Too late to turn back now.
The clouds broke around their hull, revealing the gold-and-green carpet of the Oakland Hills below them. Annabeth gripped one of the bronze shields that lined the starboard rail.
Her three crewmates took their places.
On the stern quarterdeck, Leo rushed around like a madman, checking his gauges and wrestling levers. Most helmsmen would’ve been satisfied with a pilot’s wheel or a tiller. Leo had also installed a keyboard, monitor, aviation controls from a Learjet, a dubstep soundboard, and motion-control sensors from a Nintendo Wii. He could turn the ship by pulling on the throttle, fire weapons by sampling an album, or raise sails by shaking his Wii controllers really fast. Even by demigod standards, Leo was seriously ADHD.
Piper paced back and forth between the mainmast and the ballistae, practicing her lines.
“Lower your weapons,” she murmured. “We just want to talk.”
Her charmspeak was so powerful, the words flowed over Annabeth, filling her with the desire to drop her dagger and have a nice long chat.
For a child of Aphrodite, Piper tried hard to play down her beauty. Today she was dressed in tattered jeans, worn-out sneakers, and a white tank top with pink Hello Kitty designs. (Maybe as a joke, though Annabeth could never be sure with Piper.) Her choppy brown hair was braided down the right side with an eagle’s feather.
Then there was Piper’s boyfriend—Jason. He stood at the bow on the raised crossbow platform, where the Romans could easily spot him. His knuckles were white on the hilt of his golden sword. Otherwise he looked calm for a guy who was making himself a target. Over his jeans and orange Camp Half-Blood T-shirt, he’d donned a toga and a purple cloak—symbols of his old rank as praetor. With his wind-ruffled blond hair and his icy blue eyes, he looked ruggedly handsome and in control—just like a son of Jupiter should. He’d grown up at Camp Jupiter, so hopefully his familiar face would make the Romans hesitant to blow the ship out of the sky.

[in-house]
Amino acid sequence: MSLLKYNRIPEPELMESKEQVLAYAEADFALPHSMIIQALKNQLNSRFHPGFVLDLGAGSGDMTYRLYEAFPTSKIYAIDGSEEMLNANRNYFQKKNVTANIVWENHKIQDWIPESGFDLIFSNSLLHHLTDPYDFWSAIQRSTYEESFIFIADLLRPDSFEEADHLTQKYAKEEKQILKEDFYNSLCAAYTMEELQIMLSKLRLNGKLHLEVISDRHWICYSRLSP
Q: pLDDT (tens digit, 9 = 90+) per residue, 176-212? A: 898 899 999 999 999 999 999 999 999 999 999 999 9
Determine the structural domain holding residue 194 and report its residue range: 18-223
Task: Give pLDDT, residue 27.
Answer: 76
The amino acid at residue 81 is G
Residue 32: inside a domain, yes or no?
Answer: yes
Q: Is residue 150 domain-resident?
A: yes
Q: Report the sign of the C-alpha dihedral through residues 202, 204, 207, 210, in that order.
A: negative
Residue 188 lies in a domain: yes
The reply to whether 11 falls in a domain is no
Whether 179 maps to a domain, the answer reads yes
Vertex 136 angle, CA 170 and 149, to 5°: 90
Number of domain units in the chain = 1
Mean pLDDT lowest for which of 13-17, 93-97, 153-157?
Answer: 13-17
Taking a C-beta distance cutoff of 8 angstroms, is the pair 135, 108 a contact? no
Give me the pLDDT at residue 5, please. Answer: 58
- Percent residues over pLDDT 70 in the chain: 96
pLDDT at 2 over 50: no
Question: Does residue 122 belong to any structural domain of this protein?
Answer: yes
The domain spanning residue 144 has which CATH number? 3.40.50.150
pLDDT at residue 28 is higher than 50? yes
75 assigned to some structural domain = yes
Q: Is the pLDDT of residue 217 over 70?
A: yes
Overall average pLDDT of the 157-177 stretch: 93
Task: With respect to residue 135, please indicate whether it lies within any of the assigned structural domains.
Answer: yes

Annabeth tried to hide it, but she still didn’t completely trust the guy. He acted too perfect—always following the rules, always doing the honorable thing. He even looked too perfect. In the back of her mind, she had a nagging thought: What if this is a trick and he betrays us? What if we sail into Camp Jupiter, and he says, Hey, Romans! Check out these prisoners and this cool ship I brought you!
Annabeth doubted that would happen. Still, she couldn’t look at him without getting a bitter taste in her mouth. He’d been part of Hera’s forced “exchange program” to introduce the two camps. Her Most Annoying Majesty, Queen of Olympus, had convinced the other gods that their two sets of children—Roman and Greek—had to combine forces to save the world from the evil goddess Gaea, who was awakening from the earth, and her horrible children the giants.
Without warning, Hera had plucked up Percy Jackson, Annabeth
’s boyfriend, wiped his memory, and sent him to the Roman camp. In exchange, the Greeks had gotten Jason. None of that was Jason’s fault; but every time Annabeth saw him, she remembered how much she missed Percy.
Percy…who was somewhere below them right now.